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Many women experience anxiety and fear before or during a pelvic examination. In order to deal with and alleviate these feelings, understanding the purpose and procedure of a pelvic examination is a must.  

A pelvic exam is a medical procedure in which a healthcare provider checks the female reproductive organs for any abnormalities or signs of illness. This may include a visual inspection of the external genitalia, a manual examination of the vagina and cervix with an instrument or fingers, and possibly a rectal exam. Pelvic exams are important when it comes to women’s healthcare and can help diagnose and treat various conditions. They are typically recommended for women over the age of 21. They may be performed as part of a routine checkup or specifically if a woman is experiencing symptoms such as abnormal bleeding or pain.  

A pelvic examination can help you understand your body and identify any potential health issues with your reproductive system which may need treatment.  

It also helps in maintaining overall health by detecting any potential problems or abnormalities in the reproductive organs. During the exam, a healthcare provider will check for signs of infection, inflammation, or abnormal growths in the ovaries, uterus, and cervix. The healthcare provider also performs a pap smear to detect any abnormal cells on the cervix which could be a sign of cervical cancer. 

Early detection of any issues through pelvic exams, allows for prompt treatment and can prevent more serious health problems down the road. Regular pelvic exams can also help monitor any changes or progress related to a woman’s overall reproductive health.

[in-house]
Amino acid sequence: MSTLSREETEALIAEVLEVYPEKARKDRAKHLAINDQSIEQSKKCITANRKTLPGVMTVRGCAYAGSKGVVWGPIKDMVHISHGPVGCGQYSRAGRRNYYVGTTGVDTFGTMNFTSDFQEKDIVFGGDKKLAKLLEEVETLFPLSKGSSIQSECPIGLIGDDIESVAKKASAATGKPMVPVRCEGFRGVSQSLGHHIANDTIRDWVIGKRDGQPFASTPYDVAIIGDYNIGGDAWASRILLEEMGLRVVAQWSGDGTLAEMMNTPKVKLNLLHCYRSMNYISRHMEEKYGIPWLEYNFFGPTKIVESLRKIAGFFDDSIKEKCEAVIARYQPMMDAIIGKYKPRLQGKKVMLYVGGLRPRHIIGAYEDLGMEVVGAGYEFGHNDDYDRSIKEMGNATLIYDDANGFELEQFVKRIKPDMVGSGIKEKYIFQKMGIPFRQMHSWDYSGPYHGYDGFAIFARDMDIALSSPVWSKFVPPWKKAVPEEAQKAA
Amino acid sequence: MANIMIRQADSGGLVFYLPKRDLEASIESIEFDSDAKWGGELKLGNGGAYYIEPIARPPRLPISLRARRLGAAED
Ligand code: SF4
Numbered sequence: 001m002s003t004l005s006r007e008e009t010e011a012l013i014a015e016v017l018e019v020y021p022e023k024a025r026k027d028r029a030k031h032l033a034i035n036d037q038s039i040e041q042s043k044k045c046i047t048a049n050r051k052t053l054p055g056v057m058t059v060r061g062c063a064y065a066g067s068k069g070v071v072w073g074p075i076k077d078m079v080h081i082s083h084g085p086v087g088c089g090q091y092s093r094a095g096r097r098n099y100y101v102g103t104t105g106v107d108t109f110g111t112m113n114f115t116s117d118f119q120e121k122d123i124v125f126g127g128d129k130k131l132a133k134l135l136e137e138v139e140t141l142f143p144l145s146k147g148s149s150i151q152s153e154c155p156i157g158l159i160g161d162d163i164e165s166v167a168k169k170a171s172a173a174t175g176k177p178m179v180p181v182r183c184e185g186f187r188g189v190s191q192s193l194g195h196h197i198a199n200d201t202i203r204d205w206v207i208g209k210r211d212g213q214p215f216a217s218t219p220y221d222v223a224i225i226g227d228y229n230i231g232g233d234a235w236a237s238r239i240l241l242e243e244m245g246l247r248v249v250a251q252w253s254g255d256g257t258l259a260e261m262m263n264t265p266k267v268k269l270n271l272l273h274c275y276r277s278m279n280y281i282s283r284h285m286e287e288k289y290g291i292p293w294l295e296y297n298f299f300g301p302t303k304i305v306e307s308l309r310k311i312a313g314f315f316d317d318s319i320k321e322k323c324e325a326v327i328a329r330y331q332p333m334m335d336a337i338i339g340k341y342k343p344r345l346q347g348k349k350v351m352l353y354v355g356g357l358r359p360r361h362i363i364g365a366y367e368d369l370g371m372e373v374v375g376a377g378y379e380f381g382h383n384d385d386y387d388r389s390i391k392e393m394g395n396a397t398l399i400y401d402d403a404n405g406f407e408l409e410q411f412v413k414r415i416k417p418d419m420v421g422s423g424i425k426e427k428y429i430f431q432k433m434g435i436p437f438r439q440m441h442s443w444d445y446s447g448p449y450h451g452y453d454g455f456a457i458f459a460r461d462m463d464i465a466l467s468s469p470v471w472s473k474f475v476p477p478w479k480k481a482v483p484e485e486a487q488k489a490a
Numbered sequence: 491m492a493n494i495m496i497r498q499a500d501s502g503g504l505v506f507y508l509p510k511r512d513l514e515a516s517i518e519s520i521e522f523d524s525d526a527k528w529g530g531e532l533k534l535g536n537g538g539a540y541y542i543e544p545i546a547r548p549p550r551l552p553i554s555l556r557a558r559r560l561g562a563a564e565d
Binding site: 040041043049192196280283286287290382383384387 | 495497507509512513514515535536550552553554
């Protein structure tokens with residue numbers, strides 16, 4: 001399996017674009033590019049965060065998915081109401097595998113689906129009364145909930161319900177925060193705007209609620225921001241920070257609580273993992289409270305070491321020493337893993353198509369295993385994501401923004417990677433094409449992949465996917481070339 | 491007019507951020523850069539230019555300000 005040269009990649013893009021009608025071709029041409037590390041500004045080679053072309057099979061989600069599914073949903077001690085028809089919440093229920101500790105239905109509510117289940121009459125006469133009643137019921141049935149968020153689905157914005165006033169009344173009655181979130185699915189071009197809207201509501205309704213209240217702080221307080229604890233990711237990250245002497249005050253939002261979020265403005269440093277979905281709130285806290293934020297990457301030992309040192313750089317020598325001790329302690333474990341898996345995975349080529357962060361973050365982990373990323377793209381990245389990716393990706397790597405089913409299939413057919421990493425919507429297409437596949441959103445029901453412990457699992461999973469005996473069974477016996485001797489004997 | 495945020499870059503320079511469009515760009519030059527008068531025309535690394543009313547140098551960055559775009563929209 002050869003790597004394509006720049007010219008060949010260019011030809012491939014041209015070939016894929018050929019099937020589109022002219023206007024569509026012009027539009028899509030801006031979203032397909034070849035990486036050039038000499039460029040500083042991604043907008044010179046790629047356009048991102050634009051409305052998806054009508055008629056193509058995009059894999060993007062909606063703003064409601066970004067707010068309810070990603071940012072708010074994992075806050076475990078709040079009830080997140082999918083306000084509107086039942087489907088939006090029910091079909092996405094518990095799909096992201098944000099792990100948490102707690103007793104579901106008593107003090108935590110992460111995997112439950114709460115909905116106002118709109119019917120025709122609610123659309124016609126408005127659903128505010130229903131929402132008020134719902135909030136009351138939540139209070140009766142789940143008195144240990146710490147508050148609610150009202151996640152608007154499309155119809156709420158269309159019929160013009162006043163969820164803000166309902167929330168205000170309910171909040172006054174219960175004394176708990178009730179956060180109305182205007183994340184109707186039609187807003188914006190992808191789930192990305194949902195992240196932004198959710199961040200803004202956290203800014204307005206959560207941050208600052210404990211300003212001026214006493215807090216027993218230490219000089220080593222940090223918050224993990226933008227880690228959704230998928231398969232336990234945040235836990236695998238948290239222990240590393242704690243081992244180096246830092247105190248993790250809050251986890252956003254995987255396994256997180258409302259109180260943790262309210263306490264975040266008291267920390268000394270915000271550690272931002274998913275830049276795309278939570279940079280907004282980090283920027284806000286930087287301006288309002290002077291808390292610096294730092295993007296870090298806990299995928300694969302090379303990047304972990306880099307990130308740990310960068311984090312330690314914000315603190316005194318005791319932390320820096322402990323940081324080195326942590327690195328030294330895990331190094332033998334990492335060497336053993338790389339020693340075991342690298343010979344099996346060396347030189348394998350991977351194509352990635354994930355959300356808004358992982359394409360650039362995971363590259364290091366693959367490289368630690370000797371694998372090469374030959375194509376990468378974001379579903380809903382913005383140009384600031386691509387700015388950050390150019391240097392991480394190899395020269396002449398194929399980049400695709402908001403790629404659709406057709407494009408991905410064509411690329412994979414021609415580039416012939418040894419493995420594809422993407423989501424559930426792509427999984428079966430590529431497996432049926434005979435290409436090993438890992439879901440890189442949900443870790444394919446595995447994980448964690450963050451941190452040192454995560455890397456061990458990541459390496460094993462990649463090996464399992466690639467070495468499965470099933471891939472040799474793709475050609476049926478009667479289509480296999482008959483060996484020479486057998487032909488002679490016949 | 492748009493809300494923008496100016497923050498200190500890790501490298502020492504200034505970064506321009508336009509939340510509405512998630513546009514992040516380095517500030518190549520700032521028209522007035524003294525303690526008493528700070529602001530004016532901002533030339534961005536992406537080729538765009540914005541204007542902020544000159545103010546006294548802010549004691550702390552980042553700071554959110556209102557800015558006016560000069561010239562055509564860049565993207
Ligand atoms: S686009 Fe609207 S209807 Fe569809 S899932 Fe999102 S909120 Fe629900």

It is also an opportunity to discuss any concerns or questions you may have with your healthcare provider, which can help you better understand your body and take steps to maintain your overall health. 

Read More: Choosing a primary care provider: 5 things to consider 

Why Do Health Care Providers Recommend a Pelvic Exam?

Healthcare providers often recommend a pelvic exam to help diagnose certain medical conditions and illnesses. The healthcare provider checks for signs of infection, cancer, and other diseases during the exam. They also look for unusual changes in the uterus, cervix, or ovaries. The exam can also help identify issues with the reproductive system, including pelvic inflammatory disease, fibroids, and polyps. In addition, pelvic exams are sometimes used to screen for sexually transmitted infections or monitor a pregnancy’s progress.